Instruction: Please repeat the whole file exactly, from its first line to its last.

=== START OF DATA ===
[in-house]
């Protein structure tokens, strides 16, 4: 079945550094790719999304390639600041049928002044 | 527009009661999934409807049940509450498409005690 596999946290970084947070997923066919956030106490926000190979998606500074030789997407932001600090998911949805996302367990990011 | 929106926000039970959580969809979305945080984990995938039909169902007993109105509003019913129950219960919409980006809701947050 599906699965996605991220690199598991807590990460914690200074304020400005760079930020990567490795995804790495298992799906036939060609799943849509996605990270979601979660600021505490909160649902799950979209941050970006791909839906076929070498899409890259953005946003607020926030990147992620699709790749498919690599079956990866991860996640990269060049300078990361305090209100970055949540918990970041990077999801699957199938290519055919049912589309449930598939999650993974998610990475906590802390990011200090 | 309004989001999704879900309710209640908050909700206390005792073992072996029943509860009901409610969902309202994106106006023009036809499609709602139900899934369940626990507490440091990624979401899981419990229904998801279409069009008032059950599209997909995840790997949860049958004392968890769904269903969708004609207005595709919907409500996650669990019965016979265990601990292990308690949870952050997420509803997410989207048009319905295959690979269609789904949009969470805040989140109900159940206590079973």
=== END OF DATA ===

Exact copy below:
[in-house]
């Protein structure tokens, strides 16, 4: 079945550094790719999304390639600041049928002044 | 527009009661999934409807049940509450498409005690 596999946290970084947070997923066919956030106490926000190979998606500074030789997407932001600090998911949805996302367990990011 | 929106926000039970959580969809979305945080984990995938039909169902007993109105509003019913129950219960919409980006809701947050 599906699965996605991220690199598991807590990460914690200074304020400005760079930020990567490795995804790495298992799906036939060609799943849509996605990270979601979660600021505490909160649902799950979209941050970006791909839906076929070498899409890259953005946003607020926030990147992620699709790749498919690599079956990866991860996640990269060049300078990361305090209100970055949540918990970041990077999801699957199938290519055919049912589309449930598939999650993974998610990475906590802390990011200090 | 309004989001999704879900309710209640908050909700206390005792073992072996029943509860009901409610969902309202994106106006023009036809499609709602139900899934369940626990507490440091990624979401899981419990229904998801279409069009008032059950599209997909995840790997949860049958004392968890769904269903969708004609207005595709919907409500996650669990019965016979265990601990292990308690949870952050997420509803997410989207048009319905295959690979269609789904949009969470805040989140109900159940206590079973």